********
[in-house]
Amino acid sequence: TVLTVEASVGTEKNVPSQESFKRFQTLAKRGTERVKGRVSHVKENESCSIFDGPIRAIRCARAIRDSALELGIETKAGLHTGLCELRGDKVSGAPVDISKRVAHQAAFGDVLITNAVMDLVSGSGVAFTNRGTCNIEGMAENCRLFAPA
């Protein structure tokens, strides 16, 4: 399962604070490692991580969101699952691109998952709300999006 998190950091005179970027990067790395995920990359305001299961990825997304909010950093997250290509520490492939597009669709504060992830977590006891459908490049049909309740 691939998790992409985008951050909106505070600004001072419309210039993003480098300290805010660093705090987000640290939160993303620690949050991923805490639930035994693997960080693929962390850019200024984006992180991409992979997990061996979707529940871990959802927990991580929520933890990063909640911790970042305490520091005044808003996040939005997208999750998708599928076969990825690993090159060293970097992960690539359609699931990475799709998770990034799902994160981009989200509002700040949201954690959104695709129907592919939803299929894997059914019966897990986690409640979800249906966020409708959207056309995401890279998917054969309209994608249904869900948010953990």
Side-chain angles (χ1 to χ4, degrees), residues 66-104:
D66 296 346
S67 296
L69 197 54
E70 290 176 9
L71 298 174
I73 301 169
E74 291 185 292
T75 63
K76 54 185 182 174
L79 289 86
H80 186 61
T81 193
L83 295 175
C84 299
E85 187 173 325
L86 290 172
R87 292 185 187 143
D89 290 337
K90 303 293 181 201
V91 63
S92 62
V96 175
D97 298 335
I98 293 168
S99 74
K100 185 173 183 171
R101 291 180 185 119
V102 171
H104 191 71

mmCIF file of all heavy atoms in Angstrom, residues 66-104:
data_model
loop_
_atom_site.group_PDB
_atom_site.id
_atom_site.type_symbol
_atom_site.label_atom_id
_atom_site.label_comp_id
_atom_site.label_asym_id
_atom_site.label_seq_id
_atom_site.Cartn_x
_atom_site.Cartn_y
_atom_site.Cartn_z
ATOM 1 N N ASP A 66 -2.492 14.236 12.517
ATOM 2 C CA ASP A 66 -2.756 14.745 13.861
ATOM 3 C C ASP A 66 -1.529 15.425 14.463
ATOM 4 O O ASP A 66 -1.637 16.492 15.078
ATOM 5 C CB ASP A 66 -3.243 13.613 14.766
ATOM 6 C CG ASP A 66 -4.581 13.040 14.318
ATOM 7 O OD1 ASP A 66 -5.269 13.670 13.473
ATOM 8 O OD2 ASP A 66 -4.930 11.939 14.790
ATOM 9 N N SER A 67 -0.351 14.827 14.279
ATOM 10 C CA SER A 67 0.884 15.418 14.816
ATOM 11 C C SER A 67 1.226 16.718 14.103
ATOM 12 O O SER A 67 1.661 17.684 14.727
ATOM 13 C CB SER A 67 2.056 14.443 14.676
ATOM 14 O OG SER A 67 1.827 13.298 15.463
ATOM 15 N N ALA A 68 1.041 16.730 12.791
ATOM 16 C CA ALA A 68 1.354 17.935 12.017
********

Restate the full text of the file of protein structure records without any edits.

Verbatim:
[in-house]
Amino acid sequence: TVLTVEASVGTEKNVPSQESFKRFQTLAKRGTERVKGRVSHVKENESCSIFDGPIRAIRCARAIRDSALELGIETKAGLHTGLCELRGDKVSGAPVDISKRVAHQAAFGDVLITNAVMDLVSGSGVAFTNRGTCNIEGMAENCRLFAPA
């Protein structure tokens, strides 16, 4: 399962604070490692991580969101699952691109998952709300999006 998190950091005179970027990067790395995920990359305001299961990825997304909010950093997250290509520490492939597009669709504060992830977590006891459908490049049909309740 691939998790992409985008951050909106505070600004001072419309210039993003480098300290805010660093705090987000640290939160993303620690949050991923805490639930035994693997960080693929962390850019200024984006992180991409992979997990061996979707529940871990959802927990991580929520933890990063909640911790970042305490520091005044808003996040939005997208999750998708599928076969990825690993090159060293970097992960690539359609699931990475799709998770990034799902994160981009989200509002700040949201954690959104695709129907592919939803299929894997059914019966897990986690409640979800249906966020409708959207056309995401890279998917054969309209994608249904869900948010953990």
Side-chain angles (χ1 to χ4, degrees), residues 66-104:
D66 296 346
S67 296
L69 197 54
E70 290 176 9
L71 298 174
I73 301 169
E74 291 185 292
T75 63
K76 54 185 182 174
L79 289 86
H80 186 61
T81 193
L83 295 175
C84 299
E85 187 173 325
L86 290 172
R87 292 185 187 143
D89 290 337
K90 303 293 181 201
V91 63
S92 62
V96 175
D97 298 335
I98 293 168
S99 74
K100 185 173 183 171
R101 291 180 185 119
V102 171
H104 191 71

mmCIF file of all heavy atoms in Angstrom, residues 66-104:
data_model
loop_
_atom_site.group_PDB
_atom_site.id
_atom_site.type_symbol
_atom_site.label_atom_id
_atom_site.label_comp_id
_atom_site.label_asym_id
_atom_site.label_seq_id
_atom_site.Cartn_x
_atom_site.Cartn_y
_atom_site.Cartn_z
ATOM 1 N N ASP A 66 -2.492 14.236 12.517
ATOM 2 C CA ASP A 66 -2.756 14.745 13.861
ATOM 3 C C ASP A 66 -1.529 15.425 14.463
ATOM 4 O O ASP A 66 -1.637 16.492 15.078
ATOM 5 C CB ASP A 66 -3.243 13.613 14.766
ATOM 6 C CG ASP A 66 -4.581 13.040 14.318
ATOM 7 O OD1 ASP A 66 -5.269 13.670 13.473
ATOM 8 O OD2 ASP A 66 -4.930 11.939 14.790
ATOM 9 N N SER A 67 -0.351 14.827 14.279
ATOM 10 C CA SER A 67 0.884 15.418 14.816
ATOM 11 C C SER A 67 1.226 16.718 14.103
ATOM 12 O O SER A 67 1.661 17.684 14.727
ATOM 13 C CB SER A 67 2.056 14.443 14.676
ATOM 14 O OG SER A 67 1.827 13.298 15.463
ATOM 15 N N ALA A 68 1.041 16.730 12.791
ATOM 16 C CA ALA A 68 1.354 17.935 12.017